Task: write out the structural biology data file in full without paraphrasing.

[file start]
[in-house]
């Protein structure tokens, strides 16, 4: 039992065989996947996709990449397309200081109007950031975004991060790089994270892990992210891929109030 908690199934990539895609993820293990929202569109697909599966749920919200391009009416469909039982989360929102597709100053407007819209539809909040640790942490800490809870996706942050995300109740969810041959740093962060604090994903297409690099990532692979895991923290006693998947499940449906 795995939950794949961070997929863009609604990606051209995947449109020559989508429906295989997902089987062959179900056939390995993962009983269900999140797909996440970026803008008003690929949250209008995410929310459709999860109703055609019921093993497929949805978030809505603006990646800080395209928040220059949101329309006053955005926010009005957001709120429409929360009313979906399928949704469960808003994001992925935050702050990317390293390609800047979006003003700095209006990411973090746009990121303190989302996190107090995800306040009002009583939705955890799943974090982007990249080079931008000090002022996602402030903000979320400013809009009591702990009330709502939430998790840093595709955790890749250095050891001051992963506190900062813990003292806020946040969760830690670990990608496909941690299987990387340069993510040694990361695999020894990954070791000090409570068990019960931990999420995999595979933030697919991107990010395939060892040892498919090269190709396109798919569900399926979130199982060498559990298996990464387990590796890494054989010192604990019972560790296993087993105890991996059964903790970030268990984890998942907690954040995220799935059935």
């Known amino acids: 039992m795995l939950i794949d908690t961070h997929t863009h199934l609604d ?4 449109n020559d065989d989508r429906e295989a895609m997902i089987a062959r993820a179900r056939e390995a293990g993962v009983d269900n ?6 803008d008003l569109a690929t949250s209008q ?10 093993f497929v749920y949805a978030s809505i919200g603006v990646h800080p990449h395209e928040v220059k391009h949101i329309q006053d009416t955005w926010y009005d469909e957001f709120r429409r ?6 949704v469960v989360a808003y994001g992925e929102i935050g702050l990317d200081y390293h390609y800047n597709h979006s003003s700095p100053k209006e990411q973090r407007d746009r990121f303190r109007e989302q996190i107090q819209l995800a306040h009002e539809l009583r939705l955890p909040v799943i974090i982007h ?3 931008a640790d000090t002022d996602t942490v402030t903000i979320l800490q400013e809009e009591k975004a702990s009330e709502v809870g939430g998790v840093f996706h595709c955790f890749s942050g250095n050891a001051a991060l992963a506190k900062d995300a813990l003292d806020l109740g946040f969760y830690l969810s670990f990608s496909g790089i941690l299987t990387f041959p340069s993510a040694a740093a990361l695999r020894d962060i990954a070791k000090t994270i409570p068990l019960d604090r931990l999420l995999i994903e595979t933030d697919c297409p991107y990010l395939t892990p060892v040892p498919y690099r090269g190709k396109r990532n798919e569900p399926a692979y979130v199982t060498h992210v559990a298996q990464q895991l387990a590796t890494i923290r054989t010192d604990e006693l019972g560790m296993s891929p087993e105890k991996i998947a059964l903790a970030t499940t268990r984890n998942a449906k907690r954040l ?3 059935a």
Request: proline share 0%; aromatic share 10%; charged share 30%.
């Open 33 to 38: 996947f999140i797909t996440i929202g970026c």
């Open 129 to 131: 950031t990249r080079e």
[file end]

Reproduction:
[in-house]
């Protein structure tokens, strides 16, 4: 039992065989996947996709990449397309200081109007950031975004991060790089994270892990992210891929109030 908690199934990539895609993820293990929202569109697909599966749920919200391009009416469909039982989360929102597709100053407007819209539809909040640790942490800490809870996706942050995300109740969810041959740093962060604090994903297409690099990532692979895991923290006693998947499940449906 795995939950794949961070997929863009609604990606051209995947449109020559989508429906295989997902089987062959179900056939390995993962009983269900999140797909996440970026803008008003690929949250209008995410929310459709999860109703055609019921093993497929949805978030809505603006990646800080395209928040220059949101329309006053955005926010009005957001709120429409929360009313979906399928949704469960808003994001992925935050702050990317390293390609800047979006003003700095209006990411973090746009990121303190989302996190107090995800306040009002009583939705955890799943974090982007990249080079931008000090002022996602402030903000979320400013809009009591702990009330709502939430998790840093595709955790890749250095050891001051992963506190900062813990003292806020946040969760830690670990990608496909941690299987990387340069993510040694990361695999020894990954070791000090409570068990019960931990999420995999595979933030697919991107990010395939060892040892498919090269190709396109798919569900399926979130199982060498559990298996990464387990590796890494054989010192604990019972560790296993087993105890991996059964903790970030268990984890998942907690954040995220799935059935």
């Known amino acids: 039992m795995l939950i794949d908690t961070h997929t863009h199934l609604d ?4 449109n020559d065989d989508r429906e295989a895609m997902i089987a062959r993820a179900r056939e390995a293990g993962v009983d269900n ?6 803008d008003l569109a690929t949250s209008q ?10 093993f497929v749920y949805a978030s809505i919200g603006v990646h800080p990449h395209e928040v220059k391009h949101i329309q006053d009416t955005w926010y009005d469909e957001f709120r429409r ?6 949704v469960v989360a808003y994001g992925e929102i935050g702050l990317d200081y390293h390609y800047n597709h979006s003003s700095p100053k209006e990411q973090r407007d746009r990121f303190r109007e989302q996190i107090q819209l995800a306040h009002e539809l009583r939705l955890p909040v799943i974090i982007h ?3 931008a640790d000090t002022d996602t942490v402030t903000i979320l800490q400013e809009e009591k975004a702990s009330e709502v809870g939430g998790v840093f996706h595709c955790f890749s942050g250095n050891a001051a991060l992963a506190k900062d995300a813990l003292d806020l109740g946040f969760y830690l969810s670990f990608s496909g790089i941690l299987t990387f041959p340069s993510a040694a740093a990361l695999r020894d962060i990954a070791k000090t994270i409570p068990l019960d604090r931990l999420l995999i994903e595979t933030d697919c297409p991107y990010l395939t892990p060892v040892p498919y690099r090269g190709k396109r990532n798919e569900p399926a692979y979130v199982t060498h992210v559990a298996q990464q895991l387990a590796t890494i923290r054989t010192d604990e006693l019972g560790m296993s891929p087993e105890k991996i998947a059964l903790a970030t499940t268990r984890n998942a449906k907690r954040l ?3 059935a």
Request: proline share 0%; aromatic share 10%; charged share 30%.
């Open 33 to 38: 996947f999140i797909t996440i929202g970026c």
């Open 129 to 131: 950031t990249r080079e």